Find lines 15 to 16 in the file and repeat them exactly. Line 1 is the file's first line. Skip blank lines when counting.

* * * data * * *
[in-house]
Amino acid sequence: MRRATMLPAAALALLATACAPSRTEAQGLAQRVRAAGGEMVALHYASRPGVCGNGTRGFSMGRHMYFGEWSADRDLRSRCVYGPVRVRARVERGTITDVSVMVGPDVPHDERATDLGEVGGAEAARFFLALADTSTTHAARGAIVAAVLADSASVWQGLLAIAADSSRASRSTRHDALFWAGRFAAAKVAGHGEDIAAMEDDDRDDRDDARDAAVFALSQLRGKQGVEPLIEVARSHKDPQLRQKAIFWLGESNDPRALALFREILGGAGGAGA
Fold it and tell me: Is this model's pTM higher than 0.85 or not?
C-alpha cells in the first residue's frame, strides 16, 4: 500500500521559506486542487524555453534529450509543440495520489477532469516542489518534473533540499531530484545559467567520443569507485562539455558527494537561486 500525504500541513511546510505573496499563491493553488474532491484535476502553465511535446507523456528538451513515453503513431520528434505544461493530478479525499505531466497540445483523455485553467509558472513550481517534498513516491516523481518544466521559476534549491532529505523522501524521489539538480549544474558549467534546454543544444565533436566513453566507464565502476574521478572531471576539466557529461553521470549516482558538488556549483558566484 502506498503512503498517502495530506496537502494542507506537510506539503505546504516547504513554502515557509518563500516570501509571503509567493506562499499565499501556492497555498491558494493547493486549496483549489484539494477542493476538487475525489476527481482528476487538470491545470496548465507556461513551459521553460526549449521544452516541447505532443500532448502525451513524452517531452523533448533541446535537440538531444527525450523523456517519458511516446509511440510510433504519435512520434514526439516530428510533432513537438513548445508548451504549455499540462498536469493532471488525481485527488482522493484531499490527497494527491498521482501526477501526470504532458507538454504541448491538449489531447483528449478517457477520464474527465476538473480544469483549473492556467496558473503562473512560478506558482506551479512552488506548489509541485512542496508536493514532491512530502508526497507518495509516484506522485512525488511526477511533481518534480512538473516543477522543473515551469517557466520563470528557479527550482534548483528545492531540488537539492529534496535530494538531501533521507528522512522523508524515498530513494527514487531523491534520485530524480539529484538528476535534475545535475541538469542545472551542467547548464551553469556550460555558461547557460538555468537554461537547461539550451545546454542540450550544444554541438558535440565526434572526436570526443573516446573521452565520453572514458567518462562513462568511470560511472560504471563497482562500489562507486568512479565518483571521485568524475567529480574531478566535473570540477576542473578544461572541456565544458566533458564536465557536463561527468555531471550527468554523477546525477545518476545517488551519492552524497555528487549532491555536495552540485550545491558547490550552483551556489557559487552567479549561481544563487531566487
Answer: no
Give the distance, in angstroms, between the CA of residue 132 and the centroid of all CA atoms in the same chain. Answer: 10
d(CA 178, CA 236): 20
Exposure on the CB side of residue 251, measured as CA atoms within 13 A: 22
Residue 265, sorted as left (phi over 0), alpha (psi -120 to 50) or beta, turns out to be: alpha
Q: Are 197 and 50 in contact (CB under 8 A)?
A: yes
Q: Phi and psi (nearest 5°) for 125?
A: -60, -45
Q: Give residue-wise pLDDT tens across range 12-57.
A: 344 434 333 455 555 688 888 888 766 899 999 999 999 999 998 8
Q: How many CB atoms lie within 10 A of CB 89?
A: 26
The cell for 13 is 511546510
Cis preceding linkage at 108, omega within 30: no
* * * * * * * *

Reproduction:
A: 344 434 333 455 555 688 888 888 766 899 999 999 999 999 998 8
Q: How many CB atoms lie within 10 A of CB 89?